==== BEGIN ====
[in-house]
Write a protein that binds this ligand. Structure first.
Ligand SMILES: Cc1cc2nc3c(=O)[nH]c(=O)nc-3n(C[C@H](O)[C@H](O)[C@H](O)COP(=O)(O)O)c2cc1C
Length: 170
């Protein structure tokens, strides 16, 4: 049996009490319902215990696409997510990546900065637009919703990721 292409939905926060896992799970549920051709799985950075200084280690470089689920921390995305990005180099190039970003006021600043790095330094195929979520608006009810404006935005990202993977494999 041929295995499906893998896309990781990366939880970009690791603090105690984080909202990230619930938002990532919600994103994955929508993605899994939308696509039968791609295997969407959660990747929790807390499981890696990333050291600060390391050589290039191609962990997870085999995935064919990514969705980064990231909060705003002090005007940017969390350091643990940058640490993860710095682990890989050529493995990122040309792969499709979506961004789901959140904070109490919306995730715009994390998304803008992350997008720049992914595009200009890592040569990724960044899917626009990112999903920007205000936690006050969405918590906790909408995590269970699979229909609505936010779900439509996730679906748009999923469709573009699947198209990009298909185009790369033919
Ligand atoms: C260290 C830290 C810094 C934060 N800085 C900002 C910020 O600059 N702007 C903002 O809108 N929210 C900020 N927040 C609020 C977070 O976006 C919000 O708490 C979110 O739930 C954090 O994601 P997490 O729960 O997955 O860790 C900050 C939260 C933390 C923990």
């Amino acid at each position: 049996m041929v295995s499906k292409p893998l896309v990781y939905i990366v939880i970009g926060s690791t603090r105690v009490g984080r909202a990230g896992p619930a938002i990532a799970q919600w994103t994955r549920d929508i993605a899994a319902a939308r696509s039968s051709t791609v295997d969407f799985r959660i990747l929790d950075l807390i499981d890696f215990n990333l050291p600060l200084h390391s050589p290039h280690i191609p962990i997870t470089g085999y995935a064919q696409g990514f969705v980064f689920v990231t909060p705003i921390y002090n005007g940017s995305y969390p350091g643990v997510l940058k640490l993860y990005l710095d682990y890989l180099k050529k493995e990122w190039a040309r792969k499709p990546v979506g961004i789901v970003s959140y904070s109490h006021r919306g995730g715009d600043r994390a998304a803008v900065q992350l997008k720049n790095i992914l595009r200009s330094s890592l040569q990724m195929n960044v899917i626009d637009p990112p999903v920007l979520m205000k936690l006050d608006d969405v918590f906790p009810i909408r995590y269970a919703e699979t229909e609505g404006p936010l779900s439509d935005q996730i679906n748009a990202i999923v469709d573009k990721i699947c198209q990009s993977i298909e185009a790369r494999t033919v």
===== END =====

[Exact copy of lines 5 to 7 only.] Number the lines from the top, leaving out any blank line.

């Protein structure tokens, strides 16, 4: 049996009490319902215990696409997510990546900065637009919703990721 292409939905926060896992799970549920051709799985950075200084280690470089689920921390995305990005180099190039970003006021600043790095330094195929979520608006009810404006935005990202993977494999 041929295995499906893998896309990781990366939880970009690791603090105690984080909202990230619930938002990532919600994103994955929508993605899994939308696509039968791609295997969407959660990747929790807390499981890696990333050291600060390391050589290039191609962990997870085999995935064919990514969705980064990231909060705003002090005007940017969390350091643990940058640490993860710095682990890989050529493995990122040309792969499709979506961004789901959140904070109490919306995730715009994390998304803008992350997008720049992914595009200009890592040569990724960044899917626009990112999903920007205000936690006050969405918590906790909408995590269970699979229909609505936010779900439509996730679906748009999923469709573009699947198209990009298909185009790369033919
Ligand atoms: C260290 C830290 C810094 C934060 N800085 C900002 C910020 O600059 N702007 C903002 O809108 N929210 C900020 N927040 C609020 C977070 O976006 C919000 O708490 C979110 O739930 C954090 O994601 P997490 O729960 O997955 O860790 C900050 C939260 C933390 C923990």
């Amino acid at each position: 049996m041929v295995s499906k292409p893998l896309v990781y939905i990366v939880i970009g926060s690791t603090r105690v009490g984080r909202a990230g896992p619930a938002i990532a799970q919600w994103t994955r549920d929508i993605a899994a319902a939308r696509s039968s051709t791609v295997d969407f799985r959660i990747l929790d950075l807390i499981d890696f215990n990333l050291p600060l200084h390391s050589p290039h280690i191609p962990i997870t470089g085999y995935a064919q696409g990514f969705v980064f689920v990231t909060p705003i921390y002090n005007g940017s995305y969390p350091g643990v997510l940058k640490l993860y990005l710095d682990y890989l180099k050529k493995e990122w190039a040309r792969k499709p990546v979506g961004i789901v970003s959140y904070s109490h006021r919306g995730g715009d600043r994390a998304a803008v900065q992350l997008k720049n790095i992914l595009r200009s330094s890592l040569q990724m195929n960044v899917i626009d637009p990112p999903v920007l979520m205000k936690l006050d608006d969405v918590f906790p009810i909408r995590y269970a919703e699979t229909e609505g404006p936010l779900s439509d935005q996730i679906n748009a990202i999923v469709d573009k990721i699947c198209q990009s993977i298909e185009a790369r494999t033919v």